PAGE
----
Within the White House, there was broad recognition among Trump's aides that the shutdown pressure was growing, and they couldn't keep the standoff going indefinitely. The president's approval numbers had suffered during the impasse. Overnight and Friday, several Republicans were calling on him openly, and in private, to reopen the government.
The breakthrough came as LaGuardia Airport in New York and Newark Liberty International Airport in New Jersey both experienced at least 90-minute delays in takeoffs Friday because of the shutdown. And the world's busiest airport — Hartsfield-Jackson Atlanta International Airport — was experiencing long security wait times, a warning sign the week before it expects 150,000 out-of-town visitors for the Super Bowl.
The standoff became so severe that, as the Senate opened with prayer, Chaplain Barry Black called on high powers in the "hour of national turmoil" to help senators do "what is right."
Friday's deal to temporarily reopen the federal government delayed the University of Nebraska from furloughing — or terminating — four dozen employees who work with low-income families across the state.
The agreement, announced between President Donald Trump and congressional leaders shortly after Friday's NU Board of Regents meeting wrapped up, will also keep the university from drawing upon its cash reserve to keep federal research projects moving forward uninterrupted.
University leaders will continue to monitor the "evolving situation," a spokeswoman said, particularly how the deal struck between congressional Republicans and Democrats affects NU's faculty, staff and students.
Earlier, as the stalemate in Washington entered its 36th day, NU President Hank Bounds described how the partial government shutdown's effects upon the university's operations were becoming increasingly grim.
"We are already feeling the impact," Bounds told regents, "and every day that goes by, the impact becomes more significant."
NU was preparing to give notice to as many as 48 Nebraska Extension educators and assistants that are paid through a federal education initiative tied to the Supplemental Nutrition Assistance Program, known as SNAP-Ed.
In addition to offering nutrition assistance, the food stamp program also provides education centered on school wellness, community gardens, healthy food pantries and child care to about 176,000 people across the state, said Mike Boehm, vice president of the Institute of Agriculture and Natural Resources.
"Food insecurity doesn't just sit in isolation," Boehm said. "It's tied to lots of complex issues related to poverty."
Through quarterly disbursements, the federal government funds Nebraska Extension's SNAP-Ed activities, Boehm said. The university received its last round of federal funding in December, enough money to keep the program running through the end of March.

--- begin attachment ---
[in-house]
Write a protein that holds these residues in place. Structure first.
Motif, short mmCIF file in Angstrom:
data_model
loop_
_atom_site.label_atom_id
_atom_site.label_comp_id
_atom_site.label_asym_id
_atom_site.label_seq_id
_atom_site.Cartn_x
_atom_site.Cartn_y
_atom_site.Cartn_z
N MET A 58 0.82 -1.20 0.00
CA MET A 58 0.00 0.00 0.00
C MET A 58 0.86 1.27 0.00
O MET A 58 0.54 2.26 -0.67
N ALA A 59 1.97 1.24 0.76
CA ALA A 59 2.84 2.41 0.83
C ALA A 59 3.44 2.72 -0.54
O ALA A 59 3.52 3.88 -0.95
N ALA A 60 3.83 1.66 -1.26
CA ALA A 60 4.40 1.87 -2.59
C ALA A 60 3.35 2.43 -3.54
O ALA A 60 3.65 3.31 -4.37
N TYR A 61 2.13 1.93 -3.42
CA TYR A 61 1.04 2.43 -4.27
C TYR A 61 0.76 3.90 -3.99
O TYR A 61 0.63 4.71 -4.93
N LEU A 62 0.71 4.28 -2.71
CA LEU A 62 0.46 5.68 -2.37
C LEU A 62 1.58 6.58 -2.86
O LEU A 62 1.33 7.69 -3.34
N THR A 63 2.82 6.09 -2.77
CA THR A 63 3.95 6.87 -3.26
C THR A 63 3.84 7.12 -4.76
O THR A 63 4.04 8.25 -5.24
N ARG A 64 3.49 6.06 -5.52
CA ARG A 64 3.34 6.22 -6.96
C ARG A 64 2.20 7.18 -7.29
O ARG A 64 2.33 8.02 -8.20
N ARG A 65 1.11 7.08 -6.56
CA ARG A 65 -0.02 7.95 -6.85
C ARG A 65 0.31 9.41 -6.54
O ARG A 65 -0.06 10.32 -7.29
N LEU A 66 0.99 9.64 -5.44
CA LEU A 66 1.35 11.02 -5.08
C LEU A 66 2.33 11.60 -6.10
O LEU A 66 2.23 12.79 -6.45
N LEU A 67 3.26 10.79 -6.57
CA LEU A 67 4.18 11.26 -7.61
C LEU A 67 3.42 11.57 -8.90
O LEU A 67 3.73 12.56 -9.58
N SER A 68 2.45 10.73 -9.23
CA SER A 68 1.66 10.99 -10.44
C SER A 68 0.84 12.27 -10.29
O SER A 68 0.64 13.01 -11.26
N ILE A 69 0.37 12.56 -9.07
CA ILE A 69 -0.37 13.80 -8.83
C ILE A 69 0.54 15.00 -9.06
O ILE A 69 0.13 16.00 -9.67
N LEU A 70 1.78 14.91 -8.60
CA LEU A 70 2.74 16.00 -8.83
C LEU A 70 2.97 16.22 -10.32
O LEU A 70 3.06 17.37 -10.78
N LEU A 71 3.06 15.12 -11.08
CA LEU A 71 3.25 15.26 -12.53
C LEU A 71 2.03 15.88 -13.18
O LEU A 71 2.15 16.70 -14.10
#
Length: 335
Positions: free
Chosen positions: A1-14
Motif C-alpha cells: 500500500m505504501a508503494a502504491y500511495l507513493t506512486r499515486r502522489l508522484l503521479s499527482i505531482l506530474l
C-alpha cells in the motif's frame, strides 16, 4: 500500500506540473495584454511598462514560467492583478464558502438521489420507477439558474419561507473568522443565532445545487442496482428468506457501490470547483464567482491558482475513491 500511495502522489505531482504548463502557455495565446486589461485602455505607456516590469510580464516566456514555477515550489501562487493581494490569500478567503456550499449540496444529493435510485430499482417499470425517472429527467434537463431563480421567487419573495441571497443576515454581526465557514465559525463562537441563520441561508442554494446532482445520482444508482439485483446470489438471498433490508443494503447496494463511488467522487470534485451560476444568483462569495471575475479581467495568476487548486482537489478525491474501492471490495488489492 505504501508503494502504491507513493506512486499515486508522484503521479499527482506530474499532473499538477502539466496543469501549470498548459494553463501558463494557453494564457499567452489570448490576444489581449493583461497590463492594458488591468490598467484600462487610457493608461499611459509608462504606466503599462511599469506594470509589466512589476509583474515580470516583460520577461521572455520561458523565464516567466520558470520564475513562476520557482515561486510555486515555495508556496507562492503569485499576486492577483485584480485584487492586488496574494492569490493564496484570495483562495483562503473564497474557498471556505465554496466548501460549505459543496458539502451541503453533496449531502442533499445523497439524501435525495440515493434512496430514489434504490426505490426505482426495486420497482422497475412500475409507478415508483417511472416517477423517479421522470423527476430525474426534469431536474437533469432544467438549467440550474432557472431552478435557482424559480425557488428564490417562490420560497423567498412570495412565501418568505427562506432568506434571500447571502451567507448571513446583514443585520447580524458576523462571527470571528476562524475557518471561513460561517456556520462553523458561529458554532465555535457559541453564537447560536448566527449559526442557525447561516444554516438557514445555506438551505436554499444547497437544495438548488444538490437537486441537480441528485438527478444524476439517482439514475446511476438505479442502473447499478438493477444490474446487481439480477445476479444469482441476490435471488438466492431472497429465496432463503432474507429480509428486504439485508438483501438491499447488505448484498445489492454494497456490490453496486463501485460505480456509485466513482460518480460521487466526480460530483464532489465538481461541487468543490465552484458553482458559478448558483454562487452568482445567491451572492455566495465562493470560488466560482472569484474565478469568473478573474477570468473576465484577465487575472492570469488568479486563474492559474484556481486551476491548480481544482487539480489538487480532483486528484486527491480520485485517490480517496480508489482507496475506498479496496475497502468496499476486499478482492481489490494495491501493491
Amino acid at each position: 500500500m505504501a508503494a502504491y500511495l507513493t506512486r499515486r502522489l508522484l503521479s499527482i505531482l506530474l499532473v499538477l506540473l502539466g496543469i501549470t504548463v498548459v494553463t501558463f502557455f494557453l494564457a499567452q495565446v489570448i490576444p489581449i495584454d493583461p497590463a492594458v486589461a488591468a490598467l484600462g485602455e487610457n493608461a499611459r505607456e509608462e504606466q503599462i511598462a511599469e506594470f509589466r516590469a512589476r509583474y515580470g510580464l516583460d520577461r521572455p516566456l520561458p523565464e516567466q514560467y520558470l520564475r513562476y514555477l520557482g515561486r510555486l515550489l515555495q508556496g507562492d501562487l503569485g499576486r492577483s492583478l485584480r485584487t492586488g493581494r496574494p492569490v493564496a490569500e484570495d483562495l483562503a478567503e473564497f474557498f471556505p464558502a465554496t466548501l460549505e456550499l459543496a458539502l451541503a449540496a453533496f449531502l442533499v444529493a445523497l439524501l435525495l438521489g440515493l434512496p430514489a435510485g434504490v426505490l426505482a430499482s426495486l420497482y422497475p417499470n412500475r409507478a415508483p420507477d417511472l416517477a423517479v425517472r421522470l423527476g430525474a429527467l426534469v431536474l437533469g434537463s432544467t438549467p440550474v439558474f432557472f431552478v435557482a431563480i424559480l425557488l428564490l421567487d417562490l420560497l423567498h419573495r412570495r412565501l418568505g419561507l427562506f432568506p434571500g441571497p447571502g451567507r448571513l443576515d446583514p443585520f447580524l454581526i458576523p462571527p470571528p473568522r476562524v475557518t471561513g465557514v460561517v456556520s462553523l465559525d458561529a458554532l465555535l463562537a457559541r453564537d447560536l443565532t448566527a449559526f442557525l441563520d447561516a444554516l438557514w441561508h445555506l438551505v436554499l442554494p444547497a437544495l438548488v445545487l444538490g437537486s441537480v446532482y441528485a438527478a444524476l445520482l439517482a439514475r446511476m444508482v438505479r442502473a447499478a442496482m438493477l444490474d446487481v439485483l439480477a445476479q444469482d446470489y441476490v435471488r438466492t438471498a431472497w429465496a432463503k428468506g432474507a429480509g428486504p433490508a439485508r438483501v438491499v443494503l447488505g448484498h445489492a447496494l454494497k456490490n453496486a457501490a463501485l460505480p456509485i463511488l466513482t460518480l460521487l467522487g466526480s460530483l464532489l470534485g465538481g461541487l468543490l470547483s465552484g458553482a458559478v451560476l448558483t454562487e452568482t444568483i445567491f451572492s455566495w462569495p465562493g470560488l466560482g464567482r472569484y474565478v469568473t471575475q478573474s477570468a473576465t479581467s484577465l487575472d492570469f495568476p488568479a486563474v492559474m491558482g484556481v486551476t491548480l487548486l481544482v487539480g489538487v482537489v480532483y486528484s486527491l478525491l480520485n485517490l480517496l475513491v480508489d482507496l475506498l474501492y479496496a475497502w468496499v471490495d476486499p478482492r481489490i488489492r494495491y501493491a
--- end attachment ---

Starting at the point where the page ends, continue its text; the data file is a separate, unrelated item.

While the shutdown continued, however, administrators examined whether they would be able to keep the SNAP-Ed programs going once federal funding dried up.
The university spends $185,000 every month to pay the full salaries and benefits of 34 extension assistants, partial compensation to 14 extension educators and programming costs related to SNAP-Ed.
A large majority of those employees work in the Lincoln and Omaha areas, Boehm said, while another concentration exists in the Tri-Cities region of Grand Island, Hastings and Kearney.
Weighing the options, administrators told the SNAP-Ed team a decision would be made whether to provide notice to up to 48 employees by the end of January.
NU is required to give 90 days of notice to employees before furloughing or eliminating their positions.
Also before Trump's announcement Friday, Bounds told regents that beginning in February, NU would also use its cash reserve to keep $6.5 million in federal research projects going until the government reopened.
The majority of that amount, roughly $5.5 million, is research funded by the U.S. Department of Agriculture and the National Science Foundation at UNL, Chancellor Ronnie Green said.
NU typically uses its cash reserve to fund research projects each month before seeking reimbursement from the federal government, Bounds explained, adding federal agencies have indicated they will fulfill the promises they made in funding the research once the government reopens.
Subcontractors on federal grant awards, which must be paid promptly under state law, would have also been paid from NU's cash funds had a deal not been struck Friday.
All that threatened to further diminish NU's cash on hand, which is one metric used to measure the institution's financial health.
As NU worked to close what's now a $55 million recurring budget gap created through a combination of lost state appropriations and increased operational costs, the university used its cash reserve as a bridge until cuts could be made.
NU has about 173 days of cash on hand, which is about 50 days fewer than its peer institutions, according to spokeswoman Melissa Lee.